He was not a gourmet, he enjoyed food but he was not extravagant about it either in quantity or expense. He always preferred a homemade blackberry and apple pie, preferably made by my Grandma, to a frivolous shop-bought patisserie. Perhaps this was because he always believed that ‘the Lord would provide’ and what better illustration of that than hedgerow fruit.

Grandpa was a Congregationalist minister; he had a profound conviction in Christianity. His belief in God and the Bible as God’s word shaped everything that he did and thought. For him the body was just the earthily vessel for the spirit, something that should be mastered and controlled. He pushed himself physically and frequently spent the day fasting and praying. Then in the last years of his life he completely lost his appetite and he would pick dissolutely at his plate, particularly as incapacity meant that most of the food that he and Grandma shared had to be frozen ready meals.

But even when he was suffering physically Grandpa was never a dour companion, far from it, as many people at his funeral fondly remembered he was a great joker. And he enjoyed mealtimes because he really appreciated how breaking bread brought family and friends together. Mealtimes at his home, The Sheeling, were lively, often argumentative, and fun. He was a great conversationalist, an exceptional raconteur with a love of witty banter, word games and traveller’s tales. 

For his time Grandpa was exceptionally well travelled. During World War II he served with the Royal Corps of Signals and was posted to India. This was his first trip of many. Later on he became a missionary and visited India, Pakistan and Bangladesh many times. He came back with a love of curry that unfortunately my Grandmother didn’t share, however English food was still his favourite.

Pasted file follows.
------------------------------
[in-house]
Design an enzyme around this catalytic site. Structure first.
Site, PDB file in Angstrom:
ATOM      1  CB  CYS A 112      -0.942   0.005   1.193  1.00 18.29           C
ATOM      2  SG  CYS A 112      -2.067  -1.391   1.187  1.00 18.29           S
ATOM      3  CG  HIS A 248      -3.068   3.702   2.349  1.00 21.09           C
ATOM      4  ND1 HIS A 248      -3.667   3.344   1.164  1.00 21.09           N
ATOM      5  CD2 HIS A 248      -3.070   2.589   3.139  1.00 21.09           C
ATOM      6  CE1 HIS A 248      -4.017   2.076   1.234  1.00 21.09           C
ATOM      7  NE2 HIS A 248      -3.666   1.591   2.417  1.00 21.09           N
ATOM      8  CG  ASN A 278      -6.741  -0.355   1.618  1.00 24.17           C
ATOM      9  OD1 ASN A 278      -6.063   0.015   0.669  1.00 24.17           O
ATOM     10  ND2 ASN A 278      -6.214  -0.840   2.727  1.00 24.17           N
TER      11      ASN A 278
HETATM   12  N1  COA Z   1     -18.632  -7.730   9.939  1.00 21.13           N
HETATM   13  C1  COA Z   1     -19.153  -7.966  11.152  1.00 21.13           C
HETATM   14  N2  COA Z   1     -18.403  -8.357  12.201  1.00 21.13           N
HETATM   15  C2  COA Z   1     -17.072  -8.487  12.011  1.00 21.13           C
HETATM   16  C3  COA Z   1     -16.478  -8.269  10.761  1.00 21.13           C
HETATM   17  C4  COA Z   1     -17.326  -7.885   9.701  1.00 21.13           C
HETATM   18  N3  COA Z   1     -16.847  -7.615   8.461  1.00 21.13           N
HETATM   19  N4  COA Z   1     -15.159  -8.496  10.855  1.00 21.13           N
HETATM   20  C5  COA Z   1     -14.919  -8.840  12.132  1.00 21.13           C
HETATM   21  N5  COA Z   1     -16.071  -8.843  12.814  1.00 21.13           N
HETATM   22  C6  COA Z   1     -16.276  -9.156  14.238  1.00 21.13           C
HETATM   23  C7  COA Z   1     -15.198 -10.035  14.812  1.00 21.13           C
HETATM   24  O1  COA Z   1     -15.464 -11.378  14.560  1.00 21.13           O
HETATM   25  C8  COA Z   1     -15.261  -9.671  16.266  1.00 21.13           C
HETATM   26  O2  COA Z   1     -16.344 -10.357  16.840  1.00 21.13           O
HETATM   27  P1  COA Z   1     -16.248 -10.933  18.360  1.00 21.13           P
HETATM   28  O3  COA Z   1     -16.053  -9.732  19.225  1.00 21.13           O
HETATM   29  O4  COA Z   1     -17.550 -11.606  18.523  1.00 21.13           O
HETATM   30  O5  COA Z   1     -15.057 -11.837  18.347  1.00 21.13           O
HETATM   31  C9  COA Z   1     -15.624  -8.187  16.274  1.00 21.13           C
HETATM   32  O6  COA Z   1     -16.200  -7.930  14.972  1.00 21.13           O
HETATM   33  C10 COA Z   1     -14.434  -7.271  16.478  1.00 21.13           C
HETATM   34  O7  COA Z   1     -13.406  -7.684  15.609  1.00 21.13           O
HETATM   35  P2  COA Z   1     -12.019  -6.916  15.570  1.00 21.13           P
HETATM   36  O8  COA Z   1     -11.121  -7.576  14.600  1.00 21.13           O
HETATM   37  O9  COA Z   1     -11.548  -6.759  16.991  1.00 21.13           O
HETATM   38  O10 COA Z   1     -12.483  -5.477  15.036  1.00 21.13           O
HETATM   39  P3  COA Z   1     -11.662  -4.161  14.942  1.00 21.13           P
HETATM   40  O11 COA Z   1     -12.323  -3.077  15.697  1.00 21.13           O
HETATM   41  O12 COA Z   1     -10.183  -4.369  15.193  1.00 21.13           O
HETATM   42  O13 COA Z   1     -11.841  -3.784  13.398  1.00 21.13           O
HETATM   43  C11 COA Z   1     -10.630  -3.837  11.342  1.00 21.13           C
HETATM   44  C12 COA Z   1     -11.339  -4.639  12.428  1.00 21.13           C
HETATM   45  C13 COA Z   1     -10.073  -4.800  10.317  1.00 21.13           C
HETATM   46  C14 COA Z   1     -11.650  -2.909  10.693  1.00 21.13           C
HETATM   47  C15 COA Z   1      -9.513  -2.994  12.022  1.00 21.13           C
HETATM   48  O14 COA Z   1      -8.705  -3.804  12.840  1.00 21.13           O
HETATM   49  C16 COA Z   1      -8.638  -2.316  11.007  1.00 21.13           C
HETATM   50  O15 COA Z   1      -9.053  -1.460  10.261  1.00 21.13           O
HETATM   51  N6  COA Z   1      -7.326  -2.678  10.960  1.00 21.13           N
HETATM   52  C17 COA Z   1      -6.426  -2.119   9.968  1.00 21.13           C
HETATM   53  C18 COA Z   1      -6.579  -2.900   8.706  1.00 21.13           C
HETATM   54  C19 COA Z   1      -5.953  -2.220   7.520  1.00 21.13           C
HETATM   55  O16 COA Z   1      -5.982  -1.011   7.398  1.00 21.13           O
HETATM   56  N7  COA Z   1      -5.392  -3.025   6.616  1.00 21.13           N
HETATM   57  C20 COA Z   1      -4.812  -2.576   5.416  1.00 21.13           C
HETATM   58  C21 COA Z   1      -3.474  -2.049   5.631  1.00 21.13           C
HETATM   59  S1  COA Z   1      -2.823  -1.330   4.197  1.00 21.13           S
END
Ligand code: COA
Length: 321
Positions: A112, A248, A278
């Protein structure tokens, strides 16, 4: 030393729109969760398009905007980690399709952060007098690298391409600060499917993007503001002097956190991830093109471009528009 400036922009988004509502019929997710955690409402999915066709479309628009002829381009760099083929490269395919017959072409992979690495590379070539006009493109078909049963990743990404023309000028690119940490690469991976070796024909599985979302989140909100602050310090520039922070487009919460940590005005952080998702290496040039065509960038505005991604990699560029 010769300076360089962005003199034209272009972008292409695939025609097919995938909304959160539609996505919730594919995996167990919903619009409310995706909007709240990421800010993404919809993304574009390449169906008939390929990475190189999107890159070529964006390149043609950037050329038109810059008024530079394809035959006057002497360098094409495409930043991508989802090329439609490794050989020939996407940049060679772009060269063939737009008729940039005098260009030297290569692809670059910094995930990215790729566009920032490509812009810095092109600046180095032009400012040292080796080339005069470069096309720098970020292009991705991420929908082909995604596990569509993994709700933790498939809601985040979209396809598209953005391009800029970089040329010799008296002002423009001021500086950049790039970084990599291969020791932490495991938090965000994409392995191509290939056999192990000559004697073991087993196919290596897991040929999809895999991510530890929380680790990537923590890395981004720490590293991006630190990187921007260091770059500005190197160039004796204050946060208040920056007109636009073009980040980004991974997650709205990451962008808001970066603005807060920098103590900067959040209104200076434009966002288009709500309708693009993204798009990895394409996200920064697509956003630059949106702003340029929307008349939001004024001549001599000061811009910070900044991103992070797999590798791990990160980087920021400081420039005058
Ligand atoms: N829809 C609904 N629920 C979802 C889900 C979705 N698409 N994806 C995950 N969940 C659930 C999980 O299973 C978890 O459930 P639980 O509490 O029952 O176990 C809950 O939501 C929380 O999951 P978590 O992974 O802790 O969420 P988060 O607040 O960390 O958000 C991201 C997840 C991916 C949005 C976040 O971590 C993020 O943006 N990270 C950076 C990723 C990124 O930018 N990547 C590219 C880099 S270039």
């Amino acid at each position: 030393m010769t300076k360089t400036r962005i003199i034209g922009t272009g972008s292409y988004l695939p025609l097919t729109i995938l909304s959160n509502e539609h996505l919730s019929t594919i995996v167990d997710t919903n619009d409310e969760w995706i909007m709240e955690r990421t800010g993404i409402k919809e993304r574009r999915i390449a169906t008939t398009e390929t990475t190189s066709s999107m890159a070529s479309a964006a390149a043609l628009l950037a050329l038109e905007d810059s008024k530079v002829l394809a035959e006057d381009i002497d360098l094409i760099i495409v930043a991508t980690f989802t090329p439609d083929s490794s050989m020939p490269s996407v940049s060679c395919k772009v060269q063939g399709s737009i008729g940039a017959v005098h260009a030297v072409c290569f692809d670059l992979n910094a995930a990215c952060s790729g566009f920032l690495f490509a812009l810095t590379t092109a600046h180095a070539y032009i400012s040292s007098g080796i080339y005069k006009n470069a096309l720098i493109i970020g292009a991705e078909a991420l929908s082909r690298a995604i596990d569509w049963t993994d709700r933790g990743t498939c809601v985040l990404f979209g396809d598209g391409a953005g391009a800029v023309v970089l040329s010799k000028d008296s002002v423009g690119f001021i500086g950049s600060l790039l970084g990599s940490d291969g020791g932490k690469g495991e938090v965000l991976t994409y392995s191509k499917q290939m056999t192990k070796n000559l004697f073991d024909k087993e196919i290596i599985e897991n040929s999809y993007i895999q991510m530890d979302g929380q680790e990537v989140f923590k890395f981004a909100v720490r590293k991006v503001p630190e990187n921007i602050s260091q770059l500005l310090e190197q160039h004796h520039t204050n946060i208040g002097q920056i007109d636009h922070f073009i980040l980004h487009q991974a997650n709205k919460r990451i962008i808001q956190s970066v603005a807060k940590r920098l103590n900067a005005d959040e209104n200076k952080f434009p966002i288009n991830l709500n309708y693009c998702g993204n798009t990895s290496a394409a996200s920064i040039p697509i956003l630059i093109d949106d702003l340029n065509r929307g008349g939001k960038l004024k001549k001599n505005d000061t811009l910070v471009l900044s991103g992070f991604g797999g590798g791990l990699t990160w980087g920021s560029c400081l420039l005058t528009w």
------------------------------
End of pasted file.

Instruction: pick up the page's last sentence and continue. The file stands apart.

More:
Grandma was an exceptional cook and baker. Her apple pies, trifles and jungle juice are legendary and she used to win rafts of prizes at the village show. As she grew older losing her ability to cook was very, very hard, yet she could still make a Victoria sponge aged 89, which Grandpa particularly enjoyed. And Grandma still tucks into a roast potato with relish.

The last meal I cooked for them both was beef stew with mashed neeps and potatoes followed by leftover Christmas pudding and custard. Both he and Grandma ate with appetite as we shared a bottle of Côte du Rhône and put the world to rights. He knew he was dying and after dinner we said goodbye. I am so very glad I had the chance.

Grandpa never ate a meal without saying grace first. He never took food, the fuel for a life well lived, for granted and for that, and so many other things, I miss him. But I know I have been very, very blessed to have shared so much with such a wonderful person.

George Hemming is survived by his wife Nina Hemming, four children, eight granddaughters, and five great-grandchildren.

Katrina’s website